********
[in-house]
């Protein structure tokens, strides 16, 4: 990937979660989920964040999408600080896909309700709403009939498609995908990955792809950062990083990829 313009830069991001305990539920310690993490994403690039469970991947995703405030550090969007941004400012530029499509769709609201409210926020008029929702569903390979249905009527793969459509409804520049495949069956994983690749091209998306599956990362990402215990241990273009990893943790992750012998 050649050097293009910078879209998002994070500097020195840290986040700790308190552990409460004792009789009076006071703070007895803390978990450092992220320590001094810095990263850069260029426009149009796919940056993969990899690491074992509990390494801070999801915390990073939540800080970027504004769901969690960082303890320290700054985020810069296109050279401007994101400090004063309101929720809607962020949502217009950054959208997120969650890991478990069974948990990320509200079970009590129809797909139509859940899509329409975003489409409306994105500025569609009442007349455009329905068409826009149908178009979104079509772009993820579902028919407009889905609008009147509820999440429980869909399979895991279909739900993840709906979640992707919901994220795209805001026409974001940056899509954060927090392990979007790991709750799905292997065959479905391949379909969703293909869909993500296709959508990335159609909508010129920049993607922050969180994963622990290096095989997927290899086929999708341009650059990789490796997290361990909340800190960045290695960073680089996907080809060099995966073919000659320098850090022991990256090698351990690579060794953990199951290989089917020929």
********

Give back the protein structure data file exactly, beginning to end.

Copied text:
[in-house]
């Protein structure tokens, strides 16, 4: 990937979660989920964040999408600080896909309700709403009939498609995908990955792809950062990083990829 313009830069991001305990539920310690993490994403690039469970991947995703405030550090969007941004400012530029499509769709609201409210926020008029929702569903390979249905009527793969459509409804520049495949069956994983690749091209998306599956990362990402215990241990273009990893943790992750012998 050649050097293009910078879209998002994070500097020195840290986040700790308190552990409460004792009789009076006071703070007895803390978990450092992220320590001094810095990263850069260029426009149009796919940056993969990899690491074992509990390494801070999801915390990073939540800080970027504004769901969690960082303890320290700054985020810069296109050279401007994101400090004063309101929720809607962020949502217009950054959208997120969650890991478990069974948990990320509200079970009590129809797909139509859940899509329409975003489409409306994105500025569609009442007349455009329905068409826009149908178009979104079509772009993820579902028919407009889905609008009147509820999440429980869909399979895991279909739900993840709906979640992707919901994220795209805001026409974001940056899509954060927090392990979007790991709750799905292997065959479905391949379909969703293909869909993500296709959508990335159609909508010129920049993607922050969180994963622990290096095989997927290899086929999708341009650059990789490796997290361990909340800190960045290695960073680089996907080809060099995966073919000659320098850090022991990256090698351990690579060794953990199951290989089917020929």